I’ve lovedThe Little Princesince I was a child, and with each reading or exposure, I get something more out of it. As a kid, I’m certain I missed some of the symbolism or allegories, but I’m sure I empathized with the fact that I felt adults didn’t always understand me, or have the right priorities.
This summer, I re-readThe Little Princefor the first time since becoming an educator, and below are my three take-aways foreducators:
On one planet, the prince meets a King, and
“what the king fundamentally insisted upon was that his authority should be respected. He tolerated no disobedience.”
In his attempts to be obeyed, he would”order” actions,such as “I order you sometimes to yawn and sometimes to [not yawn].” In the book, we are meant to think this king is ridiculous, butI’ve often observed teachers wanting authority for authority’s sake. Students should not listen to you because of some perceived authority.
Studentsshould listen to you because they trust you, respect you, and you have a reason for teaching what you are teaching.
Even if a part of your curriculum is something that has been handed down to you that you disagree with, it is appropriate to include students in critiquing that element of the curriculum. When I had to teach 4th graders test preparation, we discussed the downsides of standardized preparation (withcomics such as this one), we discussed the importance oftask familiarity on testing(which made us realize that despite our gripes, this class was useful after all), and we discussed thebest ways we show our learning, which allowed students to reflect on themselves as learners.
2. On Expectations
Despite his insistence on authority, the king described abovewas a “reasonable king,” thus he realized that hecouldn’t have unrealistic expectations (as that wouldreflect poorly on him as a king):
“‘[I]f I ordered a general to change himself into a sea bird, and the general did no obey me, that wouldnot be the fault of the general. It would be my fault.'”
How often do we have unrealistic expectations? We expect 1st graders to be writing paragraphs, without having taught them about the structure of one; we expect students to read without having given them a minute of phonics; we expect students with Specific Learning Disabilities to learn in ways that are not evidence-based, and then act surprised when they are not successful.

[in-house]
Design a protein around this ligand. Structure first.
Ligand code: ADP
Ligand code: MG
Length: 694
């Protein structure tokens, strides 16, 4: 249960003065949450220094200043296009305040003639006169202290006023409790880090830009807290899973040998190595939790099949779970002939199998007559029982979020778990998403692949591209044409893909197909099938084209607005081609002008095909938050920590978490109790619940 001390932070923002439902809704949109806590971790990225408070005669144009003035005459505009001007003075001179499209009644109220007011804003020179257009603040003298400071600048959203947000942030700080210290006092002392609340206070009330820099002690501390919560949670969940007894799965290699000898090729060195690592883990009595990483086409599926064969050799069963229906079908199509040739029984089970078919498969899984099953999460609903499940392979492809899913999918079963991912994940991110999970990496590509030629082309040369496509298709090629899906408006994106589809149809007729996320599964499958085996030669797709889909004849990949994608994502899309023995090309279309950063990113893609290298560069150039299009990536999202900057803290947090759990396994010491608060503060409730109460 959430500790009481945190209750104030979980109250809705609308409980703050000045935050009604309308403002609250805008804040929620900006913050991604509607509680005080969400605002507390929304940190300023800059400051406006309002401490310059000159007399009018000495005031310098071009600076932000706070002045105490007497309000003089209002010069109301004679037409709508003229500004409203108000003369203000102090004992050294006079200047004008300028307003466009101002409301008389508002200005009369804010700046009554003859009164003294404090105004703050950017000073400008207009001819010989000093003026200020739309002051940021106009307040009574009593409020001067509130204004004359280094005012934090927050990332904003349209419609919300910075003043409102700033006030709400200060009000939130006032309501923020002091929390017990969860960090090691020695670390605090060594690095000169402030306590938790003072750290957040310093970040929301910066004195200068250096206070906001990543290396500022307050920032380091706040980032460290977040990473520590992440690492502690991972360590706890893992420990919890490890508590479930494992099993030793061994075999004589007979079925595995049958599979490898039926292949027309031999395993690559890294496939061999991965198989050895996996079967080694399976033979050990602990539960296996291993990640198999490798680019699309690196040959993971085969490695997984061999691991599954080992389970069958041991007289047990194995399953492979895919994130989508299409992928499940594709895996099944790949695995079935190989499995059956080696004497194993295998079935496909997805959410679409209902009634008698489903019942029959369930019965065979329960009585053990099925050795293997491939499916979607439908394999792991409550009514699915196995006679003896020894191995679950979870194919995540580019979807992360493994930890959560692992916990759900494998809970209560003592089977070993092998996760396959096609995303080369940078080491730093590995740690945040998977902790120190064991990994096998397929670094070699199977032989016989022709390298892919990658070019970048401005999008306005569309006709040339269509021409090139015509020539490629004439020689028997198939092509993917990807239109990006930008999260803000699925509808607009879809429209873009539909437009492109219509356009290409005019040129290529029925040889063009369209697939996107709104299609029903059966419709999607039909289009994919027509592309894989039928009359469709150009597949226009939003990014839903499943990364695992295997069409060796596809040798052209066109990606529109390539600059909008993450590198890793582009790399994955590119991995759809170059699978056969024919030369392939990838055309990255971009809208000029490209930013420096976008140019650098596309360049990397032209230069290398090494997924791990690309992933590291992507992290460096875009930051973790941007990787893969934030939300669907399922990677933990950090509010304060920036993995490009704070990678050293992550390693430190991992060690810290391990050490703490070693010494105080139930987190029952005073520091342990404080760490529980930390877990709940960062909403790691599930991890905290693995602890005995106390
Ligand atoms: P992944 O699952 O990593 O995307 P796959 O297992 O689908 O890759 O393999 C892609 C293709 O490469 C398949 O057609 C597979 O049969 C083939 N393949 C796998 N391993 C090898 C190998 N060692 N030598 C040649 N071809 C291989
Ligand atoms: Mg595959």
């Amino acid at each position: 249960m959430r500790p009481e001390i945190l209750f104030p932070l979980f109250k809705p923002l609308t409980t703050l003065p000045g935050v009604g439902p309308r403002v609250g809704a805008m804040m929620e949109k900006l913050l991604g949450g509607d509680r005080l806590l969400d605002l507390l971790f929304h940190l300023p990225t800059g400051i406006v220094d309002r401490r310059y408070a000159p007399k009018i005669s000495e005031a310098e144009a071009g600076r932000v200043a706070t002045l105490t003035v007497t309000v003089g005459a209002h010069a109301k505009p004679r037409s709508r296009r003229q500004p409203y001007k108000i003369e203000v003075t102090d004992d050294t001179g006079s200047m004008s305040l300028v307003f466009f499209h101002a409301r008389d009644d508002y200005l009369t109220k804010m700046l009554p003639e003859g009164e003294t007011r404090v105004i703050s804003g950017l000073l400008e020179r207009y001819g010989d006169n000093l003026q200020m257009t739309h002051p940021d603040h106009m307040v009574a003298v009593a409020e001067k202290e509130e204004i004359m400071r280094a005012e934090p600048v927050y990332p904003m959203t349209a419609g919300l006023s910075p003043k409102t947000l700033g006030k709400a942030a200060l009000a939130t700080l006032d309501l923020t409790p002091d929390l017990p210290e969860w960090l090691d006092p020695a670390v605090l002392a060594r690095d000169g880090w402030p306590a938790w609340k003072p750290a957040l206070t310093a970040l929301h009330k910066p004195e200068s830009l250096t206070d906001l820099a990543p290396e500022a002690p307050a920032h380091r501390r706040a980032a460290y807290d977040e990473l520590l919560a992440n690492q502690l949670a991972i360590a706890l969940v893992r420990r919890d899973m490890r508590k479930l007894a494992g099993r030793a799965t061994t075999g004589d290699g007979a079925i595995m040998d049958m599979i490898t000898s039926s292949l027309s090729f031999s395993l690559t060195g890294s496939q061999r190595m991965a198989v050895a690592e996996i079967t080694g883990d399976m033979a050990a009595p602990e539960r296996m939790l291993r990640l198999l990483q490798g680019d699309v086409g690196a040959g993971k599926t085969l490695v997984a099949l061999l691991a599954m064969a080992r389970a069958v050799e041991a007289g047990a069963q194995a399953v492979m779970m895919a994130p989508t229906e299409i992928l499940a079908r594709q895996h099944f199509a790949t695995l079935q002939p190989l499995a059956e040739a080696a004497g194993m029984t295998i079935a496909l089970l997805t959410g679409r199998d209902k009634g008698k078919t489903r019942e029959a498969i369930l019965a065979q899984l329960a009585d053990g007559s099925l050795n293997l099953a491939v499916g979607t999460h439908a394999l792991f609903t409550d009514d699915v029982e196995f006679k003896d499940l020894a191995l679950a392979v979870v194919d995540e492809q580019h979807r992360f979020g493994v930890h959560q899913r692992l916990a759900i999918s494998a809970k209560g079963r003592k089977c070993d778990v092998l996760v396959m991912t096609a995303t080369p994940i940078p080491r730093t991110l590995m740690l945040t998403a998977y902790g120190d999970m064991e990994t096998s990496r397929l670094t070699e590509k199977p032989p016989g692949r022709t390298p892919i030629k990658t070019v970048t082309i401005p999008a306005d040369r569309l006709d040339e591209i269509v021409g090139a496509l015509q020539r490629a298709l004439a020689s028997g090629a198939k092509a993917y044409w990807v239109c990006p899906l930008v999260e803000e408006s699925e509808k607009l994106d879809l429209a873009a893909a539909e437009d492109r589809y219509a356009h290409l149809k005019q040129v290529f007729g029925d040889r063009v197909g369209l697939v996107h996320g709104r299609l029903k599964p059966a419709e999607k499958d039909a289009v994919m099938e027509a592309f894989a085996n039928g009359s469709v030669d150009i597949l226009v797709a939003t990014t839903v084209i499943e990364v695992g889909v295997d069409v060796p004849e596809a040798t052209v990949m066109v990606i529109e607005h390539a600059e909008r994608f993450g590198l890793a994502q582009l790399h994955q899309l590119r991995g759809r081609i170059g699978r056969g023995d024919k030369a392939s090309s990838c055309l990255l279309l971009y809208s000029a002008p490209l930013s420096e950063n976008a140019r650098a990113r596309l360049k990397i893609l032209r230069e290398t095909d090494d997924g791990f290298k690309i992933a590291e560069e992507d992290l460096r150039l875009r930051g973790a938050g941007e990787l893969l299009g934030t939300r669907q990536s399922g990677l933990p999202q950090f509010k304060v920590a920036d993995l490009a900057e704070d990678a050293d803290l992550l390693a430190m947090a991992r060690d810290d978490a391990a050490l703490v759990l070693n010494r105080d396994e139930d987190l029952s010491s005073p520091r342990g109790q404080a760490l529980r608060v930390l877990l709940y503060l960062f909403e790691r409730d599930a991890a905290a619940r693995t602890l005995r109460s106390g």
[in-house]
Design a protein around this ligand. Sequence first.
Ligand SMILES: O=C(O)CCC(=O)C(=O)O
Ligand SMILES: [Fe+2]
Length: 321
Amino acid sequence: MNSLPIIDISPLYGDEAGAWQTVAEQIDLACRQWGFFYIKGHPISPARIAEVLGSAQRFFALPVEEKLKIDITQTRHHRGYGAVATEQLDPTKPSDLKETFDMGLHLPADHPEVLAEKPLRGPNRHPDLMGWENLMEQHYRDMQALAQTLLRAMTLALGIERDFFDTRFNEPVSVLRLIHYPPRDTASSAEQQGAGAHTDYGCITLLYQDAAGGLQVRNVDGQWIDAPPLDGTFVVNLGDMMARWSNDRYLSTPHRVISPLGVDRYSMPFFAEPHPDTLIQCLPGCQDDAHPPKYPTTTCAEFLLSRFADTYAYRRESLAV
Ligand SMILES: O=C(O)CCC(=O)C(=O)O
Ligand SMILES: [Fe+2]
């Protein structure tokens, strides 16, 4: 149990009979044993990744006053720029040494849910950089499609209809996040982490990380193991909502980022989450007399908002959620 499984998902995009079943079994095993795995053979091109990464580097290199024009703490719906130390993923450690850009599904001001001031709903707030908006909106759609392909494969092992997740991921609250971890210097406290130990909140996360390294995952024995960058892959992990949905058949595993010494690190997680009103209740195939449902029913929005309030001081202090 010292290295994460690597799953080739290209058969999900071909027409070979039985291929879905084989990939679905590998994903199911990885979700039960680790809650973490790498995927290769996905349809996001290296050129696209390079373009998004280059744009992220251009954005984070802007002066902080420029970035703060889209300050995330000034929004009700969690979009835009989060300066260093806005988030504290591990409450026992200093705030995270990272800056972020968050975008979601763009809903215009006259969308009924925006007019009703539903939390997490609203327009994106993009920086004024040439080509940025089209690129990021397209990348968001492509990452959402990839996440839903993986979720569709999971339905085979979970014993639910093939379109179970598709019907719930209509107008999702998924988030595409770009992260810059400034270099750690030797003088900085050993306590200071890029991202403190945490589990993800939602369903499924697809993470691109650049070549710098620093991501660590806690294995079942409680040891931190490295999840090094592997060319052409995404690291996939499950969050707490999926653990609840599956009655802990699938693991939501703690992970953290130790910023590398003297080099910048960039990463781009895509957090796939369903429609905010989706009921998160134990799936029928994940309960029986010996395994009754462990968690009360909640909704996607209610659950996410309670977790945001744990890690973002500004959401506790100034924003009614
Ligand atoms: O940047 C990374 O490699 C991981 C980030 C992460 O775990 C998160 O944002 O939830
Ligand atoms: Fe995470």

Teachers must recognize their important role in education. Almost none of what we teach is innate, so without clear teaching, students should not be expected to know most of what we teach. We do a disservice to students if we expect them to know everything we teach, and we do a disservice to our profession.
3. On Responsibility
InThe Little Prince,the following quote is about theprince and a fox. I think it’s a great analogy for teaching, but that only works if we replace the word “tame” with “teach, so bear with me as I say this is another of my favorite, teaching-related quotes:
“You become responsible, forever, for what you have tamed.”
This quote comes after a beautiful passage about how the little princegrew to tame (and love!) a rose he had, which described the care and love the prince took with this rose, a rose he’d watered, sheltered, and listened to. My take on this quote(after my initial reading in which I felt “rose” was a sexist metaphor for partners who need “taming,” a laTaming of the Shrew) is that we are responsible for our students.
We are particularly responsible for our studentswhile they are inour classrooms, but we are also responsible for them beyond our classroom walls.
What we teach students should allow them to be confident and competent. We must practice Gradual Release of Responsibility so that students (allstudents) may be independent in their application of any skills or content that we teach them. We must teach students to reflect on what they are like as learners, and to self-advocate, if necessary. Our effect on our students doesn’t end when they leave our classes, and for students with effective teachers, that’s a gift!